JN: It's not so much your role -- it's the ability to have your voice at the right level to match up with the scene that's there. The crowd noise, the ambiance, and the entire vibe of a stadium. Because any experienced broadcaster knows -- you get in the booth, and you get on the air, you put the headset on, the whole time you're modulating your voice against that peripheral sound. It's something you're playing against. And you're trying to find that sweet spot to rise just above it, so that you're cutting through. When you're sitting in a sound booth and there's no game taking place, you're not even narrating to the game or the graphics. To get the voice in the right spot -- that was always the key. That was the hardest thing of all, and it was important to me that it sounded right on.
SC: When did they debut it to you and say, "OK, Jim and Phil, here's how it looks and sounds?"
JN: We'd record a couple of different sequences, and I'd come out of the booth. Maybe do 50 or 60 actual recordable lines. I would ask them to match it up -- there was a track with crowd noise, and eventually, we did have crowd noise pumped into our headsets as we were doing it. Just a constant stream of crowd noise that later gets edited in.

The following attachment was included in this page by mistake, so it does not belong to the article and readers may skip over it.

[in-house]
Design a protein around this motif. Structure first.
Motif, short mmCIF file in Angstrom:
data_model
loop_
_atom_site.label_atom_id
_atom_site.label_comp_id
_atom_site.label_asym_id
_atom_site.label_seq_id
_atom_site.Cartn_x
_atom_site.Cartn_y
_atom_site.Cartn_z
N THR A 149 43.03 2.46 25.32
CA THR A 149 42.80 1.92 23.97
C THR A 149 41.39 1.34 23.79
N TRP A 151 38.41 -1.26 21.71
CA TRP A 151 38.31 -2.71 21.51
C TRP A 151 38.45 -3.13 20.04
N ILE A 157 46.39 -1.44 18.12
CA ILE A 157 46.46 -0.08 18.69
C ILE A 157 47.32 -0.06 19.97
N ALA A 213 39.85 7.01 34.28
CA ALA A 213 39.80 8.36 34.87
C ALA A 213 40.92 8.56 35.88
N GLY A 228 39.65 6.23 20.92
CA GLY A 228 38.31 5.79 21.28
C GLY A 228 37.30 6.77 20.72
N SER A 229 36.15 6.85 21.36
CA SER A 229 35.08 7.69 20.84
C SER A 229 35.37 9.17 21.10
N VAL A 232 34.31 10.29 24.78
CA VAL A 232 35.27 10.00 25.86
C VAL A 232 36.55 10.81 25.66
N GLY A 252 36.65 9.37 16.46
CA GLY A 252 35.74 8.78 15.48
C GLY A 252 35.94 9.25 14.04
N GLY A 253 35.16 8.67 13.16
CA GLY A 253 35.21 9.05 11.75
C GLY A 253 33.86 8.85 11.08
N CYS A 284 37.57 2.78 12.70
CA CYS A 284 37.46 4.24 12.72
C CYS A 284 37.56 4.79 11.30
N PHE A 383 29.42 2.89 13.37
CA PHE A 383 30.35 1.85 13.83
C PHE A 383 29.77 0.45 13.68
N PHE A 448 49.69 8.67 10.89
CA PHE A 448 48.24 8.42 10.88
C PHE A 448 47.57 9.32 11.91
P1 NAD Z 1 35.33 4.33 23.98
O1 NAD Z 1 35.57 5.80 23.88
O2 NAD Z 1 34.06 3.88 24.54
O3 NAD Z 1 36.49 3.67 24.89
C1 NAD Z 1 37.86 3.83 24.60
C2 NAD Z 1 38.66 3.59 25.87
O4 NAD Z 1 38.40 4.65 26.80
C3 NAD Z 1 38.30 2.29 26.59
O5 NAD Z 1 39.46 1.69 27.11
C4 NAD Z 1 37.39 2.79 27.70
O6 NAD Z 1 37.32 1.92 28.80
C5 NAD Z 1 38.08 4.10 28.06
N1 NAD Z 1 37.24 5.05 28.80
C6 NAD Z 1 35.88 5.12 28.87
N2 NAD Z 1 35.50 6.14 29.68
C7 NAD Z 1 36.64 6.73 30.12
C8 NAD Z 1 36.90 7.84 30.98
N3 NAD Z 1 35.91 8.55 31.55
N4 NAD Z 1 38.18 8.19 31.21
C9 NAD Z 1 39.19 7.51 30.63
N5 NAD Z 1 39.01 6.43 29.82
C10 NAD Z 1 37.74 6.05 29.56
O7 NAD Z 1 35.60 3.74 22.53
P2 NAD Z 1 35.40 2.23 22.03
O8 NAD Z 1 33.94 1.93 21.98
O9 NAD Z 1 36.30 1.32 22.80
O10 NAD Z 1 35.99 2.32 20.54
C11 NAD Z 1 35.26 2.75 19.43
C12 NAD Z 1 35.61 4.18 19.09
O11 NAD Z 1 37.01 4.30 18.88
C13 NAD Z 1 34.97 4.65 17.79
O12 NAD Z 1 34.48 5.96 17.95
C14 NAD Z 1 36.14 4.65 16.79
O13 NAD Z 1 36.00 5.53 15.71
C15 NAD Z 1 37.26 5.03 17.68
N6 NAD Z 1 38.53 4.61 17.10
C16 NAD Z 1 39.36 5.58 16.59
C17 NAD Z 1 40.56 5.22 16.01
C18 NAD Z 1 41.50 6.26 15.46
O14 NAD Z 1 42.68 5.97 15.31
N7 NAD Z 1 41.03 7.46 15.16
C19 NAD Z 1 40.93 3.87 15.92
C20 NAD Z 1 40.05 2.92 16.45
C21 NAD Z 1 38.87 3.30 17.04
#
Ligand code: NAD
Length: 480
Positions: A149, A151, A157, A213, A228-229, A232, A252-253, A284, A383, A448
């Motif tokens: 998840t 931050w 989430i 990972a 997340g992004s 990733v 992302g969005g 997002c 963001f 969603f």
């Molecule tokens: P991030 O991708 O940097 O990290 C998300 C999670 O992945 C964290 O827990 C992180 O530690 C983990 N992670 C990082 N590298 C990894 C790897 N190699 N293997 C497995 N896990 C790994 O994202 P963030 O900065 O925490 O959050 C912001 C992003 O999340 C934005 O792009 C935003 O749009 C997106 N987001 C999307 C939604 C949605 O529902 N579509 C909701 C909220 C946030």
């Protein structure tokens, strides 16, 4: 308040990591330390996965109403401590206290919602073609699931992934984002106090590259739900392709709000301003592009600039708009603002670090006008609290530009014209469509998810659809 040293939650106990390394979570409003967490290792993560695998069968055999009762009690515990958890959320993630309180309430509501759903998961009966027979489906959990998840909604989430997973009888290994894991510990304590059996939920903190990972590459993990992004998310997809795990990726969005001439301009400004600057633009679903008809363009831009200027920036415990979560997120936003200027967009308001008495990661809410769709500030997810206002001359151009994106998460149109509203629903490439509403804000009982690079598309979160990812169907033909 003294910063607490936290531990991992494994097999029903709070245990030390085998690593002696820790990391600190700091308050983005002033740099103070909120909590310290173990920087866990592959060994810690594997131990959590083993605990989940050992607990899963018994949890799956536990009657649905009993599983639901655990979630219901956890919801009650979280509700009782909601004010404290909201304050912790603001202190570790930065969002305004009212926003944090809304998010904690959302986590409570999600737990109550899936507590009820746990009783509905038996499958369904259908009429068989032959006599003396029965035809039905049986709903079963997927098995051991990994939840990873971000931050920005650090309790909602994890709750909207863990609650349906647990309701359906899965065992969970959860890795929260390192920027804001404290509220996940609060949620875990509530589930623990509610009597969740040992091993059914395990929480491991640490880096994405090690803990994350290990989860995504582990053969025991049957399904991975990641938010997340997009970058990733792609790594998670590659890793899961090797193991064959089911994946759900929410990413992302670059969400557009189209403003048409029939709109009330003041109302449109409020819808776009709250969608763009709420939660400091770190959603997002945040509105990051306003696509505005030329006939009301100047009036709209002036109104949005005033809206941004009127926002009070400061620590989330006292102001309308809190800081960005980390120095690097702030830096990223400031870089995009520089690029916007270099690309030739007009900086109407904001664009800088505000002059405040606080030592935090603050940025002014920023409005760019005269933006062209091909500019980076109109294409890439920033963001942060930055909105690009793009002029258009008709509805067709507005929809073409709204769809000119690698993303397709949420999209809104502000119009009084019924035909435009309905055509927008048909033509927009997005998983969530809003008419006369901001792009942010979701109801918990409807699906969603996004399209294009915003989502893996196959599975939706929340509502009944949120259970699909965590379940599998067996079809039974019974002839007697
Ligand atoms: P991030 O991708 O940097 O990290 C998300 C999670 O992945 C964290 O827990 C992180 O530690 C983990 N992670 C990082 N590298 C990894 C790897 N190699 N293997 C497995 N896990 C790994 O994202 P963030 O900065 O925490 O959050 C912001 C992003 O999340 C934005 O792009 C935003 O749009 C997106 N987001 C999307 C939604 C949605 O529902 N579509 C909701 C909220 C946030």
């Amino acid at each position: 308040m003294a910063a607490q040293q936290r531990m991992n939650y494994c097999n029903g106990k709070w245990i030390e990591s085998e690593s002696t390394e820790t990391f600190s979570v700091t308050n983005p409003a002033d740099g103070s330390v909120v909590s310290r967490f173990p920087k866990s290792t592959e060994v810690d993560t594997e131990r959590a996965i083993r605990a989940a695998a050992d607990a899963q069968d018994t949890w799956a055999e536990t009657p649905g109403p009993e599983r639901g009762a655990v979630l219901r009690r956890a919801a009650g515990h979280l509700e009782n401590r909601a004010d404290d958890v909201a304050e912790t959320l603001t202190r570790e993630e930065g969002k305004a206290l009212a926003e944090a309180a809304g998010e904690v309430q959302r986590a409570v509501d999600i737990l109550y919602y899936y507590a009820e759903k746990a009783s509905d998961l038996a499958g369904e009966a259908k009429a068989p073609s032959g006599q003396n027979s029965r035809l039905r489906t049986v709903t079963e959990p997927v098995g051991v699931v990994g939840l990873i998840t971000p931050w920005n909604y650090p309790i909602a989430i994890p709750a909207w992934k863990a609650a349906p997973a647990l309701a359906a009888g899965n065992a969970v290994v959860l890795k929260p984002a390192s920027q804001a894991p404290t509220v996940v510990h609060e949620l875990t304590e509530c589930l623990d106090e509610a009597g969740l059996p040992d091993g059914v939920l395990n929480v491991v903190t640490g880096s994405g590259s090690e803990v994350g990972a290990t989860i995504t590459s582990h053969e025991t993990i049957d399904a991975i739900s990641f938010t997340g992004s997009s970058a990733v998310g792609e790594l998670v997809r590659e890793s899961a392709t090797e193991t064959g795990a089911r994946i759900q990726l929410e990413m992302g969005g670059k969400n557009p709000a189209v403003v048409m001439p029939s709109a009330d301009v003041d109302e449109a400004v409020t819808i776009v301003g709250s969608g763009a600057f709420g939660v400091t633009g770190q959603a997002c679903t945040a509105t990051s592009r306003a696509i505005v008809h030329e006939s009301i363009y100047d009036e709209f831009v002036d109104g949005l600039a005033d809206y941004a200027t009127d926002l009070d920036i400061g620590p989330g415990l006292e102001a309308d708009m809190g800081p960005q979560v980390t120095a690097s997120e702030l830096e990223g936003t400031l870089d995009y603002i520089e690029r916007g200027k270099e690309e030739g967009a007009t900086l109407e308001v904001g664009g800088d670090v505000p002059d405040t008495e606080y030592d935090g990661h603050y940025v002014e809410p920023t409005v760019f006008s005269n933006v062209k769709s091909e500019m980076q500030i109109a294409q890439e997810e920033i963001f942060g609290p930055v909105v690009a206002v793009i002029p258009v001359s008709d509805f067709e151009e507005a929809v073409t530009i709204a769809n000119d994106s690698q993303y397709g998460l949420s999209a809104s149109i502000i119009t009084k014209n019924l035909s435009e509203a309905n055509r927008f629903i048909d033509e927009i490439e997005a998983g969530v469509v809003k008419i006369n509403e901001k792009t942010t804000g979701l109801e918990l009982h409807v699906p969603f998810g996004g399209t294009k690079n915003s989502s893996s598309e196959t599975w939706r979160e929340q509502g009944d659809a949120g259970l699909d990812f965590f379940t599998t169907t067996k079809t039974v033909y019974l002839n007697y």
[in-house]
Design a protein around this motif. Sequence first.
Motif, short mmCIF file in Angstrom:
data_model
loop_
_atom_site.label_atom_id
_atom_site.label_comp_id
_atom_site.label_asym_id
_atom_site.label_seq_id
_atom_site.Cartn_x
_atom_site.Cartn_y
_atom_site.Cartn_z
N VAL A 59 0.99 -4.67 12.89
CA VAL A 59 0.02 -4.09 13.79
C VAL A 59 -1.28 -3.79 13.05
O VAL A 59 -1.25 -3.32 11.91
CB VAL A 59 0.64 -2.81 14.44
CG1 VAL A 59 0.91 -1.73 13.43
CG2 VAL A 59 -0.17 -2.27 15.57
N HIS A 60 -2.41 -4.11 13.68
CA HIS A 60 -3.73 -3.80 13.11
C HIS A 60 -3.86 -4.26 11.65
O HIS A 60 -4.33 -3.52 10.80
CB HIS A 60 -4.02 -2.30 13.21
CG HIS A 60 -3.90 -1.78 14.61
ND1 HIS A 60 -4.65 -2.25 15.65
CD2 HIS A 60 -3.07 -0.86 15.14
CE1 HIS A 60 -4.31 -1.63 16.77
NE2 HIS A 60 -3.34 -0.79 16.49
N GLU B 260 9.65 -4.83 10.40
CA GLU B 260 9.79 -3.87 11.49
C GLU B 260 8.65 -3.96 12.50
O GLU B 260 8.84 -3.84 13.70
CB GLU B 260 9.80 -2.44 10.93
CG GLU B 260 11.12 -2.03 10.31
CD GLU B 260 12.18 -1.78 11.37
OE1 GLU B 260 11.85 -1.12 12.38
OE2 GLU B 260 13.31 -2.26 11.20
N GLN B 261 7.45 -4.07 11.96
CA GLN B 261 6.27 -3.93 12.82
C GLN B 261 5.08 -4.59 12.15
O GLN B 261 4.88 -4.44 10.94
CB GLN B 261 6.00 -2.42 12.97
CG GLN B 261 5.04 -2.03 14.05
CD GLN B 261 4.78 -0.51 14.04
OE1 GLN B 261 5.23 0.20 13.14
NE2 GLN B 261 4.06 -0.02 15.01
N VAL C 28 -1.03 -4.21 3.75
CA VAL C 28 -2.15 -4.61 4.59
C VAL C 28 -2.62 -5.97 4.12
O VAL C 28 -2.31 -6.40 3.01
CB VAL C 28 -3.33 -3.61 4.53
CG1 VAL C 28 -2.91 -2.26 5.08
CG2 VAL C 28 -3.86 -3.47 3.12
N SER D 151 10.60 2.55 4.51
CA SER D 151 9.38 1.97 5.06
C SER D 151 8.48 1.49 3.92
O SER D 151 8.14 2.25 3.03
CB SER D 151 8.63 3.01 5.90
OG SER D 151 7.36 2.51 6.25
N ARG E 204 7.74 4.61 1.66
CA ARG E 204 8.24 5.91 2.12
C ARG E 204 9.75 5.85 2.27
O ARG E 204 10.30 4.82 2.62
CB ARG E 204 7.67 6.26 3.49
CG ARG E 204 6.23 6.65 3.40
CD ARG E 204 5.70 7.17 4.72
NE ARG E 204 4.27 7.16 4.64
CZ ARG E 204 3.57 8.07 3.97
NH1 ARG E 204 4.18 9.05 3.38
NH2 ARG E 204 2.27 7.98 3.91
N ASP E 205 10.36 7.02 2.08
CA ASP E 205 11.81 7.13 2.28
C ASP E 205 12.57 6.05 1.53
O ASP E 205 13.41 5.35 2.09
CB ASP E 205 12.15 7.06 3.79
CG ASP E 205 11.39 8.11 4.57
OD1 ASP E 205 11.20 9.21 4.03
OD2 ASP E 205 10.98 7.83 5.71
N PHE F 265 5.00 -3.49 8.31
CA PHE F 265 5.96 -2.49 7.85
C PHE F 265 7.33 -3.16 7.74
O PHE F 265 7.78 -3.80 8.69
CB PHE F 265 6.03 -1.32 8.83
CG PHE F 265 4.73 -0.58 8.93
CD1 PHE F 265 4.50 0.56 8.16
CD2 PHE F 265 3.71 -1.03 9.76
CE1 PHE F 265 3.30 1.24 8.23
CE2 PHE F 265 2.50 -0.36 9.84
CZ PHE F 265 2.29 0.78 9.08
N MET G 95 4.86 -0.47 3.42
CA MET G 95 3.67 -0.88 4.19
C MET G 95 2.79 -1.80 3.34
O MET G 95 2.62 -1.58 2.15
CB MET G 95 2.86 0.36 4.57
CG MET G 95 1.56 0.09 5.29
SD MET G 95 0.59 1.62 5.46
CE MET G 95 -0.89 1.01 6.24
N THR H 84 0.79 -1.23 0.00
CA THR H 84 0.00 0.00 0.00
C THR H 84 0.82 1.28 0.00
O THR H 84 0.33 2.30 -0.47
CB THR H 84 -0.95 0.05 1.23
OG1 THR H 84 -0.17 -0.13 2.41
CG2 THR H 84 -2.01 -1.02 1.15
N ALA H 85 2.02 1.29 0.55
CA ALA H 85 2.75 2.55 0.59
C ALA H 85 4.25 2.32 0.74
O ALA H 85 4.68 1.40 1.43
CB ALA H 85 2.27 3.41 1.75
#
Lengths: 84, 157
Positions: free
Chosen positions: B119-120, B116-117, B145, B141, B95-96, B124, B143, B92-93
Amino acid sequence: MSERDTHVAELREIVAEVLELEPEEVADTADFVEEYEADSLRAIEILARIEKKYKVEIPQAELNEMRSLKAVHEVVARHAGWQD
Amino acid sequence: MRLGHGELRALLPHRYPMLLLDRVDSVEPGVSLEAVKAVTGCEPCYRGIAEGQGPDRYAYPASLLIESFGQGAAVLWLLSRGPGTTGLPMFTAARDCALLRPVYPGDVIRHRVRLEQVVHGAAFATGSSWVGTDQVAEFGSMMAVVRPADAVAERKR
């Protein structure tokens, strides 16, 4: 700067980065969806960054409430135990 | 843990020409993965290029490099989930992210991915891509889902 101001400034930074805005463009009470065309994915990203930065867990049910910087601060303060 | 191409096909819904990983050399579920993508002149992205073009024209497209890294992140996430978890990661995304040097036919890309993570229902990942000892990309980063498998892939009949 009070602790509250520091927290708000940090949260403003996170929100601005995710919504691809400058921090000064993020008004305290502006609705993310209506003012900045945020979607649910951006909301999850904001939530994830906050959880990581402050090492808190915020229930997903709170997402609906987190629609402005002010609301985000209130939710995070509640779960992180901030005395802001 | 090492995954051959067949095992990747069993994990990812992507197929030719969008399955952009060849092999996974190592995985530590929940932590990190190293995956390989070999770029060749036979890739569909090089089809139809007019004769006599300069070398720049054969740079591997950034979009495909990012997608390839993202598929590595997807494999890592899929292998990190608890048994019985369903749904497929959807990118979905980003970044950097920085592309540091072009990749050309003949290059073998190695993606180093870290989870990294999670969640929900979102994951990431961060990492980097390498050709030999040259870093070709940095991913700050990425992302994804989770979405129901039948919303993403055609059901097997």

SC: All told, and I don't know if they gave you an actual number, but how many sound clips would you estimate you did overall?
JN: The claim is 9,000, and I like the over [laughs]. I felt like I was doing 9,000 per session! You have to understand -- a pass play across the middle with a tackle by the middle linebacker -- they could give you the scenario and they would, but they would ask you to spin it off and tell it a different way, each time saying it with different verbiage. I prided myself on trying to give them a lot of different options -- the same thing I had done with the Tiger Woods game. Just letting your mind open up, and saying something that was real. I'm not looking to say something stupid or profound, like, "Wait -- you wouldn't have said that on CBS!" That was always the measuring stick. Is this something I would actually say on the air?
SC: I have to ask, although the New York Jets would not want me to -- did EA ask you to do a Tim Tebow Wildcat package?
JN: We did some scenarios with Tebow. Yes, we did. Not a lot. But I do think that if you put Tebow in the game and run the Wildcat, I think you're going to have options.
In Part 2 of our interview with Jim, we discuss his first actual video game narration experience, the state of the NFL today, how he balances the need to be buzzy with the need to be relevant, and how a guy manages to become the voice of three different sports at the same time. Stay tuned!
- Sports & Recreation
- American Football
- Phil Simms
- Jim Nantz
- EA Sports